Where we disagree is when it comes to what is reasonable from libc++ to avoid these ODR violations or make them benign. We currently don't pay attention to how we change implementation-detail functions, and I don't think it is realistic to do it robustly. Think about it -- it means that we would need to know the full set of function signatures (name + parameter list) to have ever been used in a shipping libc++, and we should either never reuse any of these signatures, or if we do, then make sure we have compatible pre/post conditions for that function. For example, can we guarantee that we haven't previously shipped a function named `__copy_impl(char*, char*, char*)` with pre/post conditions incompatible with the ones we have in our code today <https://github.com/llvm/llvm-project/blob/1a19abf38c3afb66b680cea69c8e61ea152e1514/libcxx/include/__algorithm/copy.h#L31>? Even back in e.g. LLVM 7?
As you mention, the only way to do it robustly is to never change any function but in minor ways that would make an ODR mismatch effectively a benign ODR violation. However, that places a significant restriction on how we can evolve libc++'s code, and it also increases the barrier to contributing for reasons intangible to anyone not having read this discussion. Since we have a clear technical solution instead, I think we should go for it.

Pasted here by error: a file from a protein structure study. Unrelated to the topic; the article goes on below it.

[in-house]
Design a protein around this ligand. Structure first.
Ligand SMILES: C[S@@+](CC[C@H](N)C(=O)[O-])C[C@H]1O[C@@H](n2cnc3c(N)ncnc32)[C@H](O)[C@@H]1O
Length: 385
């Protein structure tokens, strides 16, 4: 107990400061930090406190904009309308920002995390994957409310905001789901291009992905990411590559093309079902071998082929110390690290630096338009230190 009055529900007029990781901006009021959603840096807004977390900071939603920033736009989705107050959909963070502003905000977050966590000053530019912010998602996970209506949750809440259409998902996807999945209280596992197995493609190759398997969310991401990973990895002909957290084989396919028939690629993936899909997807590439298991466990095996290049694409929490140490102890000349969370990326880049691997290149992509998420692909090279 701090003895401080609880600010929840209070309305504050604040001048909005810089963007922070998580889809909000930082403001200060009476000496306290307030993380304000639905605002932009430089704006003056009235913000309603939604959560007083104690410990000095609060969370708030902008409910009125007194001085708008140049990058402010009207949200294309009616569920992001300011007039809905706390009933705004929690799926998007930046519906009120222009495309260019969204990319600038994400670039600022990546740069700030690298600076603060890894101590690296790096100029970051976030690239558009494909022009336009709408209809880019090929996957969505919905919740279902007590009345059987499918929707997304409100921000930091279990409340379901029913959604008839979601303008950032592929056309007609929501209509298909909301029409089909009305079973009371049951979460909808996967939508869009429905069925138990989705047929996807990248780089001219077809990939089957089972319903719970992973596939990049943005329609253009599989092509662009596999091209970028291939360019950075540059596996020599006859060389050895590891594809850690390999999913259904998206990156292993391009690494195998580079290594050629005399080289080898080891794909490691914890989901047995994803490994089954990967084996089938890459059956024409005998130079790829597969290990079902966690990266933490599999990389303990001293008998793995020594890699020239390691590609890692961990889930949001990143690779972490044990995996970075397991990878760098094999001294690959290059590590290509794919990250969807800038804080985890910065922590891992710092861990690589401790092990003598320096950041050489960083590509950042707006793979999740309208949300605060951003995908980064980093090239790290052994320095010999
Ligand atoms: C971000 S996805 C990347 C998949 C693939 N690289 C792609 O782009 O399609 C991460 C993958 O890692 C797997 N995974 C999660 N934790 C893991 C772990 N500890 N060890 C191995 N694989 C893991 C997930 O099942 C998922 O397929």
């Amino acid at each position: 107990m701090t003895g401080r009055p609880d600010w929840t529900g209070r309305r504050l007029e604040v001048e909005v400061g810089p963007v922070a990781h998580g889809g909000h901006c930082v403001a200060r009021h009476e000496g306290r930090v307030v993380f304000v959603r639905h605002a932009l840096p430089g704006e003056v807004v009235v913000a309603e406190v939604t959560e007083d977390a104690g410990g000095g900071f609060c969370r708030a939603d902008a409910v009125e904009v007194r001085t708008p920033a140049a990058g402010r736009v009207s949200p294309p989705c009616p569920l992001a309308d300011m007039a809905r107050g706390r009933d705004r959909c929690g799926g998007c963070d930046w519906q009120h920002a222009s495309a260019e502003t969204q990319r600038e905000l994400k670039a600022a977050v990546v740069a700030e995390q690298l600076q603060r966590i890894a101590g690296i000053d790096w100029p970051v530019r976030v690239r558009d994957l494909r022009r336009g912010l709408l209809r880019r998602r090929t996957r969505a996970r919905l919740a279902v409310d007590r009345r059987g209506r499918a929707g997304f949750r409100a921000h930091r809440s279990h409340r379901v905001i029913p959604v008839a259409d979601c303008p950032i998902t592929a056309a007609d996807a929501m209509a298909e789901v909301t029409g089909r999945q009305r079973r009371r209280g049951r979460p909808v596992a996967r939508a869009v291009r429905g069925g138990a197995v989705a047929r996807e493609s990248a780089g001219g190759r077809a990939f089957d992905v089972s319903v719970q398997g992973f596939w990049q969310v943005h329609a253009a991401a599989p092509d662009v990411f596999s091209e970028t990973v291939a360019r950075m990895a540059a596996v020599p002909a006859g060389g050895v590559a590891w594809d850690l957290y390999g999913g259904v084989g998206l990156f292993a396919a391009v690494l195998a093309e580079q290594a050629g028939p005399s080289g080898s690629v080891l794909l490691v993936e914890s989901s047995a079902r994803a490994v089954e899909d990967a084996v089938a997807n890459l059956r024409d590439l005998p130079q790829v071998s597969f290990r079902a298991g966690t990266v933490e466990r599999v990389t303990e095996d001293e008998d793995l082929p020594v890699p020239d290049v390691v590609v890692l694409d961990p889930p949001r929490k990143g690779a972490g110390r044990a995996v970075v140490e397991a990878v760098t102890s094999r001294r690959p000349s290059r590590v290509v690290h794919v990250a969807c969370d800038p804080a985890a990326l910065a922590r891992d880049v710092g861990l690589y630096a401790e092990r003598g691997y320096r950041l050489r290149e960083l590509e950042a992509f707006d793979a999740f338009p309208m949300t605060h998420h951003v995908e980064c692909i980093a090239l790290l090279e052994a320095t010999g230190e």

In D127444#3579745 <https://reviews.llvm.org/D127444#3579745>, @EricWF wrote:
> OK, so i'm convinced this change should be OK assuming we continue to ensure `_LIBCPP_HIDE_FROM_ABI` is only ever applied to inline functions.
Agreed, that's a requirement, and it was also a requirement prior to this change -- we never use `_LIBCPP_HIDE_FROM_ABI` on non-functions.
> It would also need to be applied to every single inline function the library produces, otherwise a tagged function could call an untagged function,
> since the untagged definition can be selected at random from the available definitions.
Agreed, and we already do that except:
1. For a few functions that have been forgotten (we sometimes catch missing `_LIBCPP_HIDE_FROM_ABI` and we add them), and
2. for a few functions that were large enough that we didn't want to mark with `internal_linkage` or `always_inline`, and for which we do go through the trouble of making sure we don't introduce ODR violations. That being said, with this proposed patch, we could mark those functions as well without problem.
> The other consideration is the cost of this change. While small, it does increase the mangling of every single inline function in libc++ by ~5 bytes.
> After a little testing, this appears to translate into an object file size increase of ~1% when debug information is enabled.
> My current opinion is that the binary size increase outweighs the limited benefits the change provides.
> But I'm open to being convinced.
I actually think that's the crux of this change.